The works of Samuel Johnson, Band 9

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Seite 110 - She should have died hereafter ; There would have been a time for such a word. To-morrow, and to-morrow, and to-morrow, Creeps in this petty pace from day to day To the last syllable of recorded time, And all our yesterdays have lighted fools The way to dusty death.
Seite 127 - His characters are not modified by the customs of particular places, unpractised by the rest of the world; by the peculiarities of studies or professions, which can operate but upon small numbers; or by the accidents of transient fashions or temporary opinions: they are the genuine progeny of common humanity, such as the world will always supply, and observation will always find.
Seite 144 - The objection arising from the impossibility of passing the first hour at Alexandria, and the next at Rome, supposes, that when the play opens, the spectator really imagines himself at Alexandria, and believes that his •walk to the theatre has been a voyage to Egypt, and that he lives in the days of Antony and Cleopatra. Surely he that imagines this may imagine more.
Seite 134 - ... poetry. This reasoning is so specious, that it is received as true even by those who in daily experience feel it to be false. The interchanges of mingled scenes seldom fail to produce the intended vicissitudes of passion. Fiction cannot move so much, but that tHe attention may be easily transferred ; and though it must be allowed that pleasing melancholy be sometimes interrupted by unwelcome levity, yet let it be considered likewise, that melancholy is often not pleasing, and that the disturbance...
Seite 81 - If good, why do I yield to that suggestion Whose horrid image doth unfix my hair, And make my seated heart knock at my ribs, Against the use of nature ? Present fears Are less than horrible imaginings. My thought, whose murder yet is but fantastical *, Shakes so my single state of man, that function Is smother'd in surmise, and nothing is, But what is not.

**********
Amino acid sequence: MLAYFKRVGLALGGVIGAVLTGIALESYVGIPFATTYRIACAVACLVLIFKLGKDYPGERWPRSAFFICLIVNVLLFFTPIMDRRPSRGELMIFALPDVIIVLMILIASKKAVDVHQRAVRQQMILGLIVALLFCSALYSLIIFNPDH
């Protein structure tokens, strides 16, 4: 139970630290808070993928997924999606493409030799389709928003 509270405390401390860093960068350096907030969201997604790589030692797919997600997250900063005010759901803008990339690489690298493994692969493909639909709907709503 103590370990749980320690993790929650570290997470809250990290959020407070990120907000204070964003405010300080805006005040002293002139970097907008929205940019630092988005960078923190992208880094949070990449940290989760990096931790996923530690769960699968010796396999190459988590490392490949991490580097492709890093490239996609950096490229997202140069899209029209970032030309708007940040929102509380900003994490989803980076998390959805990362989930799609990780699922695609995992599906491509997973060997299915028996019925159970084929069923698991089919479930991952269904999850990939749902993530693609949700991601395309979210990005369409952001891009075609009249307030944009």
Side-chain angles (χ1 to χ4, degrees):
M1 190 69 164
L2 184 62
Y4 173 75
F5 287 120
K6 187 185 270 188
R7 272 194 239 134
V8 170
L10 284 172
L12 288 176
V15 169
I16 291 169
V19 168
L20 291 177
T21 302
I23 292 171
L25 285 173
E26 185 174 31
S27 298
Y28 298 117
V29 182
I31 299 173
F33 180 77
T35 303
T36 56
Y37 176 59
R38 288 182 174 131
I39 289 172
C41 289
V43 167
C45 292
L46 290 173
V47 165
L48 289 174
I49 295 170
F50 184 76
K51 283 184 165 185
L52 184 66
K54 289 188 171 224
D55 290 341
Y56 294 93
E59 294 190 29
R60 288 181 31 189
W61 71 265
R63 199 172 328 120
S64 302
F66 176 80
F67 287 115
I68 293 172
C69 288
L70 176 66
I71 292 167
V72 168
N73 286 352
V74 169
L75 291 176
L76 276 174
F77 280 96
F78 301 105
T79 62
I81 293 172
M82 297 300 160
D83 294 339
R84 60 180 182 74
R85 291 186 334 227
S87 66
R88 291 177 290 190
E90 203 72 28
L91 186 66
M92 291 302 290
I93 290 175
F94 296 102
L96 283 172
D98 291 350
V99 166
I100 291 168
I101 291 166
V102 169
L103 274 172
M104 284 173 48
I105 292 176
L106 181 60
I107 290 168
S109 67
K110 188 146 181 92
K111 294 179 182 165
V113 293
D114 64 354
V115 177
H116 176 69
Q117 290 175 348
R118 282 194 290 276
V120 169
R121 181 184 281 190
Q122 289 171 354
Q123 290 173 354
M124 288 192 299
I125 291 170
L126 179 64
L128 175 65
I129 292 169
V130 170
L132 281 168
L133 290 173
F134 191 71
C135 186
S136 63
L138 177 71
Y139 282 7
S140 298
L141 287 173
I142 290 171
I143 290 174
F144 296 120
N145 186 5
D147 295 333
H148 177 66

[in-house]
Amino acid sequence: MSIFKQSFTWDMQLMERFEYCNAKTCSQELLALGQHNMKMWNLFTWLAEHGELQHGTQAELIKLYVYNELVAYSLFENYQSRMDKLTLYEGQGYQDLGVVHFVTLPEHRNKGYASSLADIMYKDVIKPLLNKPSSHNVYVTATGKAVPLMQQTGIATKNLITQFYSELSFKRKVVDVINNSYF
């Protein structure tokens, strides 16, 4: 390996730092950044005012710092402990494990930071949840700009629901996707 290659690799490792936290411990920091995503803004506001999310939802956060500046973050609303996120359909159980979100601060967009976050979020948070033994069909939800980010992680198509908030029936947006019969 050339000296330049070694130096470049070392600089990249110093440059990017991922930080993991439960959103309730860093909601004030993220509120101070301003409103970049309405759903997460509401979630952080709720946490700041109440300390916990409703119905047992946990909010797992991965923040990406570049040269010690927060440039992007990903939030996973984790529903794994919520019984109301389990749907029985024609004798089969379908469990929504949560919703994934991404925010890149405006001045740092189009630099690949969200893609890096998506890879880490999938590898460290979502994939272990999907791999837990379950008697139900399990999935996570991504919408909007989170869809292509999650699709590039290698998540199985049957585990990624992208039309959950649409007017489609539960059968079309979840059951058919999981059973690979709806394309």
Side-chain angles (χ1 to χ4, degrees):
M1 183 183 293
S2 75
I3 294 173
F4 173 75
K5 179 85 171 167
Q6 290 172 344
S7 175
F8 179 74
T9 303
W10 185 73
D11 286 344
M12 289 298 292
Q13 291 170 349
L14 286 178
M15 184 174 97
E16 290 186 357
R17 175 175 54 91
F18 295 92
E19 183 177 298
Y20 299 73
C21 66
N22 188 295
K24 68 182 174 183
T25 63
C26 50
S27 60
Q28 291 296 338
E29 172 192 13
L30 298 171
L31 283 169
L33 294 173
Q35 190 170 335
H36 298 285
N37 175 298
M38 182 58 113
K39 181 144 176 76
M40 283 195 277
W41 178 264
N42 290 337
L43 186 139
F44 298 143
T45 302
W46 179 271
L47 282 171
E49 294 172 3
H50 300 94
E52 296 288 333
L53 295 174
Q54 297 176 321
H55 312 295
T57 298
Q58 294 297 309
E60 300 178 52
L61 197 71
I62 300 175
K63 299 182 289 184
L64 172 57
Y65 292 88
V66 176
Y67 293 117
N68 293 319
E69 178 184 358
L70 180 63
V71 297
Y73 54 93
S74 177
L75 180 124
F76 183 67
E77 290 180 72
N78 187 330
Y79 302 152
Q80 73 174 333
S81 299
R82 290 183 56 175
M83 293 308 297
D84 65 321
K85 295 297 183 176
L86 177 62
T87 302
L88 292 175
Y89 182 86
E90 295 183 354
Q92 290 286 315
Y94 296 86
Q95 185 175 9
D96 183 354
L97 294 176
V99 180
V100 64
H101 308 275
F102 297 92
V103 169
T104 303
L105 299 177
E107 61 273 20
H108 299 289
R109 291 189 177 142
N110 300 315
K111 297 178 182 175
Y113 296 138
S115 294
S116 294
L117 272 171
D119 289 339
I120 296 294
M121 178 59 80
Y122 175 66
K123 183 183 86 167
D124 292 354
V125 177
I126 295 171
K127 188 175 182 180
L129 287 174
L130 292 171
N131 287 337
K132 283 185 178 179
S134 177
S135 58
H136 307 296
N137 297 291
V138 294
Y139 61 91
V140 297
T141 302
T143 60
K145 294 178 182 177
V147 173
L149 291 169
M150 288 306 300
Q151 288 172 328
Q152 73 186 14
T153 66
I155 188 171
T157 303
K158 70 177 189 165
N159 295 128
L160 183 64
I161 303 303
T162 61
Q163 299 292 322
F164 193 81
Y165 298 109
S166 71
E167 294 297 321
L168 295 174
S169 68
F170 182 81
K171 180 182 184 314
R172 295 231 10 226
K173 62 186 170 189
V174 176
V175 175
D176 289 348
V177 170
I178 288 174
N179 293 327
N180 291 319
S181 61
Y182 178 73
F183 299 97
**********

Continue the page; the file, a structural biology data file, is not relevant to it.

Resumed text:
Seite 135 - When Shakespeare's plan is understood, most of the criticisms of Rymer and Voltaire vanish away. The play of Hamlet is opened without impropriety by two sentinels; lago bellows at Brabantio's window without injury to the scheme of the play, though in terms which a modern audience would not easily endure; the character of Polonius is seasonable and useful, and the gravediggers themselves may be heard with applause.
Seite 127 - Nothing can please many, and please long, but just representations of general nature. Particular manners can be known to few, and therefore few only can judge how nearly they are copied.
Seite 166 - ... comprehension of thought, and such his copiousness of language. Out of many readings possible, he must be able to select that which best suits with the state, opinions, and modes of language prevailing in every age, and with his author's particular cast of thought, and turn of expression. Such most be his knowledge, and such his taste. Conjectural criticism demands more than humanity possesses, and he that exercises it with most praise, has very frequent need of indulgence. Let us now be told...
Seite 145 - Cleopatra. Surely he that imagines this may imagine more. He that can take the stage at one time for the palace of the Ptolemies, may take it in half an hour for the promontory of Actium. Delusion, if delusion be admitted, has no certain limitation ; if the spectator can be once persuaded, that his old acquaintance are Alexander and...
Seite 162 - He has scenes of undoubted and perpetual excellence, but perhaps not one play, which, if it were now exhibited as the work of a contemporary writer, would be heard to the conclusion.

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